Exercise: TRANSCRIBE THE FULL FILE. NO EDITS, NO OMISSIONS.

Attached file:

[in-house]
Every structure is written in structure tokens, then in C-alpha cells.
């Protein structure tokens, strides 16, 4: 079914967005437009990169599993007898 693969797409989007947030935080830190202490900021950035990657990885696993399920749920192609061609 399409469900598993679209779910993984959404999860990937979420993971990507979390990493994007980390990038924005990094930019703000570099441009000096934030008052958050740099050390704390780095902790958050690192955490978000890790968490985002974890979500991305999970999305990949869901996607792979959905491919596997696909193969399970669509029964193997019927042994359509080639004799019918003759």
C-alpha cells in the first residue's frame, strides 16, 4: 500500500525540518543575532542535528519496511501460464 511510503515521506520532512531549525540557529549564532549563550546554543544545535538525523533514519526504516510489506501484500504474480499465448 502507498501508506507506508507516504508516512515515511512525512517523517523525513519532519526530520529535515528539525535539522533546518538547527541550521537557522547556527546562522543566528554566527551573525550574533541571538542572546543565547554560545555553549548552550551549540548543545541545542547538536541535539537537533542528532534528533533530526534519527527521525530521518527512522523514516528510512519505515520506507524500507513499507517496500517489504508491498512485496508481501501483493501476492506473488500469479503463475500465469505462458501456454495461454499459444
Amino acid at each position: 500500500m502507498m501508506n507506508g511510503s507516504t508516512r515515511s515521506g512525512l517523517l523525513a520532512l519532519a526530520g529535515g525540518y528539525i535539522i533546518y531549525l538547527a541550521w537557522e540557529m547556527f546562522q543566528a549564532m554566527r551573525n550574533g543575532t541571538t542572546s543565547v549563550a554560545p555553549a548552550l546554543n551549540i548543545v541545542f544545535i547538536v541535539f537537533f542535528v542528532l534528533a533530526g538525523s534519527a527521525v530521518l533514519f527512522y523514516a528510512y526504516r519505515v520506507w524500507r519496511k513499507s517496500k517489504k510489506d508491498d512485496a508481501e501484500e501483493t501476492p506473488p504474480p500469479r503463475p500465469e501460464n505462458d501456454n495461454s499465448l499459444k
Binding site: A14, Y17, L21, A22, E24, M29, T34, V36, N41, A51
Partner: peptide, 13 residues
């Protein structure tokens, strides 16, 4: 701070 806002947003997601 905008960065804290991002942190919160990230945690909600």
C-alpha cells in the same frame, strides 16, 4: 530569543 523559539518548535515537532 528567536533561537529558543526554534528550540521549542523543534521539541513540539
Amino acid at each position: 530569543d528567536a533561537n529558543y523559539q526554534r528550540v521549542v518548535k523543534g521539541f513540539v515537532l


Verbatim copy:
[in-house]
Every structure is written in structure tokens, then in C-alpha cells.
């Protein structure tokens, strides 16, 4: 079914967005437009990169599993007898 693969797409989007947030935080830190202490900021950035990657990885696993399920749920192609061609 399409469900598993679209779910993984959404999860990937979420993971990507979390990493994007980390990038924005990094930019703000570099441009000096934030008052958050740099050390704390780095902790958050690192955490978000890790968490985002974890979500991305999970999305990949869901996607792979959905491919596997696909193969399970669509029964193997019927042994359509080639004799019918003759």
C-alpha cells in the first residue's frame, strides 16, 4: 500500500525540518543575532542535528519496511501460464 511510503515521506520532512531549525540557529549564532549563550546554543544545535538525523533514519526504516510489506501484500504474480499465448 502507498501508506507506508507516504508516512515515511512525512517523517523525513519532519526530520529535515528539525535539522533546518538547527541550521537557522547556527546562522543566528554566527551573525550574533541571538542572546543565547554560545555553549548552550551549540548543545541545542547538536541535539537537533542528532534528533533530526534519527527521525530521518527512522523514516528510512519505515520506507524500507513499507517496500517489504508491498512485496508481501501483493501476492506473488500469479503463475500465469505462458501456454495461454499459444
Amino acid at each position: 500500500m502507498m501508506n507506508g511510503s507516504t508516512r515515511s515521506g512525512l517523517l523525513a520532512l519532519a526530520g529535515g525540518y528539525i535539522i533546518y531549525l538547527a541550521w537557522e540557529m547556527f546562522q543566528a549564532m554566527r551573525n550574533g543575532t541571538t542572546s543565547v549563550a554560545p555553549a548552550l546554543n551549540i548543545v541545542f544545535i547538536v541535539f537537533f542535528v542528532l534528533a533530526g538525523s534519527a527521525v530521518l533514519f527512522y523514516a528510512y526504516r519505515v520506507w524500507r519496511k513499507s517496500k517489504k510489506d508491498d512485496a508481501e501484500e501483493t501476492p506473488p504474480p500469479r503463475p500465469e501460464n505462458d501456454n495461454s499465448l499459444k
Binding site: A14, Y17, L21, A22, E24, M29, T34, V36, N41, A51
Partner: peptide, 13 residues
């Protein structure tokens, strides 16, 4: 701070 806002947003997601 905008960065804290991002942190919160990230945690909600």
C-alpha cells in the same frame, strides 16, 4: 530569543 523559539518548535515537532 528567536533561537529558543526554534528550540521549542523543534521539541513540539
Amino acid at each position: 530569543d528567536a533561537n529558543y523559539q526554534r528550540v521549542v518548535k523543534g521539541f513540539v515537532l